More and more frequently we are asked why we have stopped carrying certain traditional tools. Only occasionally is the reason lack of customer demand; most commonly it is either major quality degradation or that the tool simply is no longer being manufactured.
At one time, woodworking was taught in all primary schools. Only rarely do schools now have either woodworking or metalworking shops. This change destroyed two markets for manufacturers, first the school market and in later years, the DIY market that naturally flows from having such skills. As you may have noticed, skilled tradesmen today are in greater demand than computer programmers as well as being fewer in number.
Lee Valley is one of a handful of firms in the world focussing on hand tools. In this catalog we reintroduce a floor scraper, inspired by a 1911 ball-joint Starrett model, long since out of production. We are not kidding ourselves that there is a huge pent-up demand among our customers for floor scrapers, but we suspect that many people have a well-grounded fear of letting some unknown (and commonly ill-trained) day laborer cut loose with a giant belt sander on their hardwood floors. The damage can be extensive and irreversible. Actually, floor refinishing can be done competently and quite quickly with a good scraper. This choice may leave you with sore muscles for a day or two, but you will have a better floor and you can use the money saved to go to a spa for the weekend. The alternative is to develop an ulcer watching the job being done badly at high cost.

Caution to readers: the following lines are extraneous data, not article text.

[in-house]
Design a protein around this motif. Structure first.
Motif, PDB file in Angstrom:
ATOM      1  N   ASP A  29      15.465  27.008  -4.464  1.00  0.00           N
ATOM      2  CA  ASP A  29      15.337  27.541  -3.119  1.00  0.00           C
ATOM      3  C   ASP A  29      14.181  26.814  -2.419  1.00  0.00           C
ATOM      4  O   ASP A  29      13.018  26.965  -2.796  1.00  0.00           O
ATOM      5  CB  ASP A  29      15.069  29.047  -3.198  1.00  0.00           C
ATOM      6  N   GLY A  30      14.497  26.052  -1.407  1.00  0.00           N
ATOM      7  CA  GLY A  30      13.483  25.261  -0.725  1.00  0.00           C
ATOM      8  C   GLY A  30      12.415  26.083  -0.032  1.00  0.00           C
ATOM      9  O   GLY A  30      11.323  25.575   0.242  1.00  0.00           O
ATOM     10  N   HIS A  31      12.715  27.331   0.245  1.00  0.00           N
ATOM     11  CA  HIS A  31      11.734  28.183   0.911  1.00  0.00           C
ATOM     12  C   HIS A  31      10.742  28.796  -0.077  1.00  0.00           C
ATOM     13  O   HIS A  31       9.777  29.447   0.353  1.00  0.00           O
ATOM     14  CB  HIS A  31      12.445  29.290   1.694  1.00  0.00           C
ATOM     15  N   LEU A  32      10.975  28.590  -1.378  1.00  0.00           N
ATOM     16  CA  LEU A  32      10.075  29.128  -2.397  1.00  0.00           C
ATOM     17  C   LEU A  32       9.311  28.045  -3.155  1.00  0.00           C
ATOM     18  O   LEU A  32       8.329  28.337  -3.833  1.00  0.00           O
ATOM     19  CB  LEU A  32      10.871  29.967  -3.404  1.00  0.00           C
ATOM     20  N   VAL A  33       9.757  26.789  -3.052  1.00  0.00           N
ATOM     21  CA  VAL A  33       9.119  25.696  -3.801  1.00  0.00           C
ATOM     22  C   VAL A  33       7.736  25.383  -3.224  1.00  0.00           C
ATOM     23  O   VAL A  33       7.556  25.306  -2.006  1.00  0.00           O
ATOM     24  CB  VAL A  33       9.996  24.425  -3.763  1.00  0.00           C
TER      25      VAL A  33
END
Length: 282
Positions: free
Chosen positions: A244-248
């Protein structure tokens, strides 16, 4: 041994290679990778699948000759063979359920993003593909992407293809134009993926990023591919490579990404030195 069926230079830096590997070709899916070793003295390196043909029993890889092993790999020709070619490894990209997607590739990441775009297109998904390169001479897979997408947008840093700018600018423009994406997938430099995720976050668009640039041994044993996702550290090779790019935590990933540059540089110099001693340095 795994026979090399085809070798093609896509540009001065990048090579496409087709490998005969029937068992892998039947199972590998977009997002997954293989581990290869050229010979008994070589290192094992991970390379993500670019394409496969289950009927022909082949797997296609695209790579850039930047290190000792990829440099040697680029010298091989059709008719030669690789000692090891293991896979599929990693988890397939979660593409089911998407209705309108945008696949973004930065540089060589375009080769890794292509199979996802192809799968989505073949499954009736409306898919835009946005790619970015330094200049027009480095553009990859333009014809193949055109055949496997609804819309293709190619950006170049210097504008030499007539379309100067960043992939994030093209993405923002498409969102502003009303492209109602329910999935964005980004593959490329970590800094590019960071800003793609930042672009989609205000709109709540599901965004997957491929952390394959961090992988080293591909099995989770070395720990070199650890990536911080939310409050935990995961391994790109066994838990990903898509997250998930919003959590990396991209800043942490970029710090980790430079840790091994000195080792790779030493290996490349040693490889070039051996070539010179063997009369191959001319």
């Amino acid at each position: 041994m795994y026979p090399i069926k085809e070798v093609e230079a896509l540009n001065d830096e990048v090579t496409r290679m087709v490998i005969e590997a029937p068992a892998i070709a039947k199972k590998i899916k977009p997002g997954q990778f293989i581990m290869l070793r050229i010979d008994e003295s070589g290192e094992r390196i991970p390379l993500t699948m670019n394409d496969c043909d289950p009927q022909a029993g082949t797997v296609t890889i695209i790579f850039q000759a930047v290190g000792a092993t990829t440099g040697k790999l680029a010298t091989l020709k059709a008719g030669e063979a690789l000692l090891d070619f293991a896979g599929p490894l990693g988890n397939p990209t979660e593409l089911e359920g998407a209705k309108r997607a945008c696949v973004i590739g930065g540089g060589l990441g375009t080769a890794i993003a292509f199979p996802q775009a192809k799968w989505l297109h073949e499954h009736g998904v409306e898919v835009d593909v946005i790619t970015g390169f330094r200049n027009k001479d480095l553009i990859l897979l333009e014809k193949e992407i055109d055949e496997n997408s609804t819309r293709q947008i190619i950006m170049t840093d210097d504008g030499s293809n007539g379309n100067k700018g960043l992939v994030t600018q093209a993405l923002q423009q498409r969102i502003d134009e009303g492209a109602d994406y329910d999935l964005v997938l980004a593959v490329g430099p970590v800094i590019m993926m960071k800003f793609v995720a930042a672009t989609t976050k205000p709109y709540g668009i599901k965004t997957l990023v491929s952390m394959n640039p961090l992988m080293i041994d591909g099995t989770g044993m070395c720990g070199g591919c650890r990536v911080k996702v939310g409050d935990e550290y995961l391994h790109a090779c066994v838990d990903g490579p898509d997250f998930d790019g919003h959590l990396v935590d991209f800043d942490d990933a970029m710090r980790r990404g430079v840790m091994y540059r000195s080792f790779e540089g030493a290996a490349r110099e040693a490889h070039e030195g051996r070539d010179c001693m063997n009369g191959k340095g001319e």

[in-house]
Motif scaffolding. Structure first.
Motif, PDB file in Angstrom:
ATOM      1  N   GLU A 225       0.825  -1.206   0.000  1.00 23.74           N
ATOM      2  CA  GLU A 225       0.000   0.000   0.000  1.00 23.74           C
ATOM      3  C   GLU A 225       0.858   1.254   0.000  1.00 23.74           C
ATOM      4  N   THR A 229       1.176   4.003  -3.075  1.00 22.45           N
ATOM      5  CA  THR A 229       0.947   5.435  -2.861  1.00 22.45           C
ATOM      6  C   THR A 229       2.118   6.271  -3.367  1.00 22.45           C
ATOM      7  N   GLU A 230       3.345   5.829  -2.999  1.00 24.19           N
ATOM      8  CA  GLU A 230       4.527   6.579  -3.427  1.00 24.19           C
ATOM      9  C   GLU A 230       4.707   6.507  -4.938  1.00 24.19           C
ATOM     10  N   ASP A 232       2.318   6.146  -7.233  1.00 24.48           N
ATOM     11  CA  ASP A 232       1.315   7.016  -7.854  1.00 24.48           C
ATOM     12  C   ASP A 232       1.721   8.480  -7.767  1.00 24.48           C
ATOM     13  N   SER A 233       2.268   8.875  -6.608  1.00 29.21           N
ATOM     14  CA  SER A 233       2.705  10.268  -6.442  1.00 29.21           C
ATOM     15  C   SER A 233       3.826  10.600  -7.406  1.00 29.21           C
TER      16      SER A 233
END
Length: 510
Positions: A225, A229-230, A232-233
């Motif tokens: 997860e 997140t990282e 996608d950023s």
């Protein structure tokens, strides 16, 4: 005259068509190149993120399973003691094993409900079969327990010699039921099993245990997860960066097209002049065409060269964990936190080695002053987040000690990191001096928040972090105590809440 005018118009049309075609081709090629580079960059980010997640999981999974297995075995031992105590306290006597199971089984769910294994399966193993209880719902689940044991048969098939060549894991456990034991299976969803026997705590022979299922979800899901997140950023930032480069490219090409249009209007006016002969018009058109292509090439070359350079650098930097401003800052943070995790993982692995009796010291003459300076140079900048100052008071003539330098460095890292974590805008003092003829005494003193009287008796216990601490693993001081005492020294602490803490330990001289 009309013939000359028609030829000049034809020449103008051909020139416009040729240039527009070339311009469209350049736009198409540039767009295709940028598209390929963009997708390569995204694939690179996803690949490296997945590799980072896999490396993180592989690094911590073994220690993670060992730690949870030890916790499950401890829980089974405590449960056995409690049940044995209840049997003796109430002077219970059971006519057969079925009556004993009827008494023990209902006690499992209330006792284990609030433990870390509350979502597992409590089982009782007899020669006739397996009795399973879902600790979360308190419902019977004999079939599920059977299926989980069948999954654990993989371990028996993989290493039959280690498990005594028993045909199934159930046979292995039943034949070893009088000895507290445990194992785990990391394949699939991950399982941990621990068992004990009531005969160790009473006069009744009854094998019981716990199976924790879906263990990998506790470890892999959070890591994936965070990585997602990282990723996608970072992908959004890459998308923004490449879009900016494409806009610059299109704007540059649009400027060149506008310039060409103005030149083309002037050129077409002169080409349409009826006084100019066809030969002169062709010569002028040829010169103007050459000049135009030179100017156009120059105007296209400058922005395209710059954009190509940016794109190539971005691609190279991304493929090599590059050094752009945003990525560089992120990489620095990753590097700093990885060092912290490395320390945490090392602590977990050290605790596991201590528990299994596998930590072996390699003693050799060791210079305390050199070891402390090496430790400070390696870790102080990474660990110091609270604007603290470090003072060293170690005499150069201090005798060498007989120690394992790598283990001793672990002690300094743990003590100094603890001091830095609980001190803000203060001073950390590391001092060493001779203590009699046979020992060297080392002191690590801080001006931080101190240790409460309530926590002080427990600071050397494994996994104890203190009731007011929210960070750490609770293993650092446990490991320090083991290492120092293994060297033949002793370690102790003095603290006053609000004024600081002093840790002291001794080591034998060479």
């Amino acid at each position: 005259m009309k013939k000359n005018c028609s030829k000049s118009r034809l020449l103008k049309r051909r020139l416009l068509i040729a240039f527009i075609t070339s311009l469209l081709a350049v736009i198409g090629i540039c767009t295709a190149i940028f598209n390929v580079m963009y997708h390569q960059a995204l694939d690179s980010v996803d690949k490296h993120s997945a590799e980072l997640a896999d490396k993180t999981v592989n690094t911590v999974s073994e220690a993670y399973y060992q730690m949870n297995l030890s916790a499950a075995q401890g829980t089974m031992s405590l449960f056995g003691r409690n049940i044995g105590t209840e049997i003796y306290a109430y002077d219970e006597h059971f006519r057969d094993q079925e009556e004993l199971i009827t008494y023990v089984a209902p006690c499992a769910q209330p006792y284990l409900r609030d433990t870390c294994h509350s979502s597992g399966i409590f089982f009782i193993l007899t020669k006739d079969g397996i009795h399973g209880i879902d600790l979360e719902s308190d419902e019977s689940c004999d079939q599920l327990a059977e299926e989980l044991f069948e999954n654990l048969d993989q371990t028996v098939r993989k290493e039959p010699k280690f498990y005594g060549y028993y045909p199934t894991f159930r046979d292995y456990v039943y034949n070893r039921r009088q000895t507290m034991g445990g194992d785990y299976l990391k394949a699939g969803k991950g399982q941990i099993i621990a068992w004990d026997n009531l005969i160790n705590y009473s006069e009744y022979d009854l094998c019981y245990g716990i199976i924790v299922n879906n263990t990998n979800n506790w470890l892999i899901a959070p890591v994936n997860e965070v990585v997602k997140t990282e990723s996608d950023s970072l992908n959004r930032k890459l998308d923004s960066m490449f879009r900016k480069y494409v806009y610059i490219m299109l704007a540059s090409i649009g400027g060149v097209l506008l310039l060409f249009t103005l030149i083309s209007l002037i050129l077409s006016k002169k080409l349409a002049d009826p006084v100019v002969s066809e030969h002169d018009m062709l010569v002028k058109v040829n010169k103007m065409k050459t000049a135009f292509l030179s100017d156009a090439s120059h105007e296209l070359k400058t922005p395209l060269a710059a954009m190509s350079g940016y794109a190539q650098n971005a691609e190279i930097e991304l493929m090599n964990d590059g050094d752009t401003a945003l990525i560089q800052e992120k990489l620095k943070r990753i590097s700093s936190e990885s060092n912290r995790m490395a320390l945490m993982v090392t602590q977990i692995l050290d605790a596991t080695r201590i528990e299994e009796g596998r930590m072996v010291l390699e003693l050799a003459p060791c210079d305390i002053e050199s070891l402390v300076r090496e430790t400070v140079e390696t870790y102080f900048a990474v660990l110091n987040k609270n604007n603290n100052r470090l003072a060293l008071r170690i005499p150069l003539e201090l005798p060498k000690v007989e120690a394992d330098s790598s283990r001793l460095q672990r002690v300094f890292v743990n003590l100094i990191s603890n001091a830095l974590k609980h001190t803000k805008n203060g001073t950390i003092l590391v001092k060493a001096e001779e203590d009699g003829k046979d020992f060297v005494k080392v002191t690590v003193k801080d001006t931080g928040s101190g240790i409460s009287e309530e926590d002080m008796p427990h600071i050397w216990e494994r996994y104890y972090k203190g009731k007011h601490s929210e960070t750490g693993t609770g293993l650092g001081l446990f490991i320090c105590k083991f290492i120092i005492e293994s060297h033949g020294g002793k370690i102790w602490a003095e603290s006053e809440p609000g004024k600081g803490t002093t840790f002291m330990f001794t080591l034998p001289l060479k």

A curious phenomenon is developing in today's society. Where once we traded names of good doctors or dentists, much greater value is now placed on finding the name of a good plumber, trim carpenter or electrician. Our single-minded focus that all our children should become white-collar professionals has denuded our schools of the basic training that taught us self-sufficiency in our early lives. Today everybody wants to be educated, but nobody wants training. We pay a price for this shortsightedness.
How, you ask yourselves, did he start out with a simple comment on discontinued tools and end up in a major rant on the state of skilled trades in the country? It was easy, that is one place I can get to starting from anywhere.
Leonard G. Lee